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Homebrewed hammer die heat treatment

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I've made three different sets of hammer dies so far for my Appalachian-style guided helve hammer. These have so far all been made from pieces of railroad track and have done pretty decently since being put into service.

I'm making a set of main flat dies for the hammer now. In addition to being used by themselves to forge with, they'll also serve as tooling platforms (more information when completed and I have pictures). These dies are made from 3" square 4140 5" long. For quick reference, my die-holding system is here:

So I have these flat dies welded to their base plates, pre-and-post heating to make sure everything is as it should be. I need to do a little grinding and then I'll be ready to heat treat. My question is this: After hardening the dies, I'm not sure how far back to temper them. My hammer hits pretty hard (88 lb ram driven by a 3 hp motor), so I don't want to see high-speed shrapnel come off of these. I also don't want to have these expensive (for me) and time-consuming dies pick up dings and dents too easily. So I'm not sure whether it would be better to draw them back to blue (560-600 degree range) or purple (520-550 degree range).

This is a hammer that so far has proven to be as hard-working as a manufactured mechanical hammer, and the dies need to be tempered accordingly. It's not a hobbyist hammer, just a home-brewed workhorse.

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Hello Stormcrow,

Below I have pasted the portion of my Power hammer build describing how I heat treated my 4140 dies. (very similar to yours) Between 350 and 400 degrees temper 1 hour for every inch of cross section should yield an approximate Rockwell 50C for a good depth of the outer surface. You cannot really over temper a part, but you can under temper. With material 3" thick, you should use 3.5 hours minimum to be good and sure. I've tempered for as long as 2 hours per inch of cross section. My dies have been slammed together by accident and even used on cold steel and are showing no dents or wear. Good luck.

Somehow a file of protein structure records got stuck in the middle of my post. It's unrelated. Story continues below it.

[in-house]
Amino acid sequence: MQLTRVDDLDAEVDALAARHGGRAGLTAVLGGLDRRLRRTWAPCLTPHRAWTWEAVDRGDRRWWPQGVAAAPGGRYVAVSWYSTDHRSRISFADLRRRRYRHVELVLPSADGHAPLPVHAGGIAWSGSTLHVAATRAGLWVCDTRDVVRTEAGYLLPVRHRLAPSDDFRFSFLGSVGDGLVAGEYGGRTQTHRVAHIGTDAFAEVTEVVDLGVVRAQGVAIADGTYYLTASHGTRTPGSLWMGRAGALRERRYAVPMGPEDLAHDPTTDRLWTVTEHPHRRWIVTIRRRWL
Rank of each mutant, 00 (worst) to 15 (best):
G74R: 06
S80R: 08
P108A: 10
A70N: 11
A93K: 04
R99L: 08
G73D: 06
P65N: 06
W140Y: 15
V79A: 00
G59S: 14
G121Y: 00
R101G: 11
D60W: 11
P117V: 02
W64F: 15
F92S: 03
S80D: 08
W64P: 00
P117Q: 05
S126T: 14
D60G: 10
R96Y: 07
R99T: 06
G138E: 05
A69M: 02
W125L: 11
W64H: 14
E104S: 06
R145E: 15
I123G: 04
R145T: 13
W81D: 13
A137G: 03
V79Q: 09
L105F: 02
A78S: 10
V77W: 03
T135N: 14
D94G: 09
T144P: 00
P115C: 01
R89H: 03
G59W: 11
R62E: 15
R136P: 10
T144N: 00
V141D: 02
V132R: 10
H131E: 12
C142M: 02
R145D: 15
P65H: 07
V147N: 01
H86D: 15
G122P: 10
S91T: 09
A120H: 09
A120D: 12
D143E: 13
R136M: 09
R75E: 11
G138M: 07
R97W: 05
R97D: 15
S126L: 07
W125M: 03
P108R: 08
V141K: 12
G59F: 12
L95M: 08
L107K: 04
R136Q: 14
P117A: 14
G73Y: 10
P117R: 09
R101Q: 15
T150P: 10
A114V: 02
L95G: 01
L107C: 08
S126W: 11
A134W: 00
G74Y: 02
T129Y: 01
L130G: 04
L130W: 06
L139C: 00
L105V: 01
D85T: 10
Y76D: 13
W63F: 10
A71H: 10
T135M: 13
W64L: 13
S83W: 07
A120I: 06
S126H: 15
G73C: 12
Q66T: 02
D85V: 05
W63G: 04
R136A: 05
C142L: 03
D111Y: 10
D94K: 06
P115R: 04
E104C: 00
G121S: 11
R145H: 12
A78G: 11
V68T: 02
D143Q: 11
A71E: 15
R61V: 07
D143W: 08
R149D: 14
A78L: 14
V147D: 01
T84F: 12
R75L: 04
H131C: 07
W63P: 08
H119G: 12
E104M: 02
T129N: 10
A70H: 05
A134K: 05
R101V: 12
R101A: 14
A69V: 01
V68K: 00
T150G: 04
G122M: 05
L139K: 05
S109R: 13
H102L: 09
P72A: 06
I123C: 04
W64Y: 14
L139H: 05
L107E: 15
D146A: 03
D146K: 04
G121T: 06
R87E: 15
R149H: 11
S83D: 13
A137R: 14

Hardening the 4140 dies.

The method described here is a “limited equipment” method but does work. Consult a book like “Heat treatment, Selection and Application of tool steels by Author Bill Bryson for more proper processing.

In the simplest form, I describe the hardening process like this: 1. Get it hot. 2. Quench it. 3. Temper it.

What I did was weld a 4”X 4”X 1/2” plate of hot rolled mild steel to a 2”X 2”X 3.5” block of 4140 in first stage of the hardening process.

First I welded a small shelf to my forge stand which would hold the tacked together Die assembly face first in my gas forge. This setup allowed me to gradually move the part completely into the forge over a period of time. Efforts were made not to heat this up to quickly.

Step 1. I brought the die up to ~200 deg for tack welding in my tempering oven for about 20 minutes. After tacking the block to the plate near the corners, I placed it on the shelf near the mouth of the forge. The die was moved closer into the forge mouth over 10-15 min until starting to take color. The corners of the base plate were the first to turn red. I then removed the part, clamped it to the table and welded down both long sides and quickly returned it to the shelf in front of the forge mouth. Over the next 10-15 minutes I brought the part up to red. Target temperature was 1600+ degrees. Perhaps a bit hot according perfect processing but I made sure I completed step number one.

Step 2. Seven gallons of used crankcase oil quickly welcomed the part stirring vigorously up and down round and round. Do not do this if you’re scared to breath in a little oil smoke. It’s a 6lb chunk of red hot steel and when it first hits the oil you will see a bit of fire even at immediate submersion followed by delicious bubbles of smoke!

Step 3. The parts were allowed to cool to a 4 second bare hand touch and then they were put in a small oven set at 375 deg for four hours. Step three complete. Spears.

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I read somewhere (I think it was from Frosty or Nakedanvil) that tempering one of the dies a bit farther than the other will prevent chipping if the dies accidentaly get slammed together...
Seams to make sense rolleyes.gif

Perhaps should you also ask John Larson (Iron Kiss Hammers) how he does his selective hardening (hard face / soft body) but if I remember right he uses 4340 wink.gif

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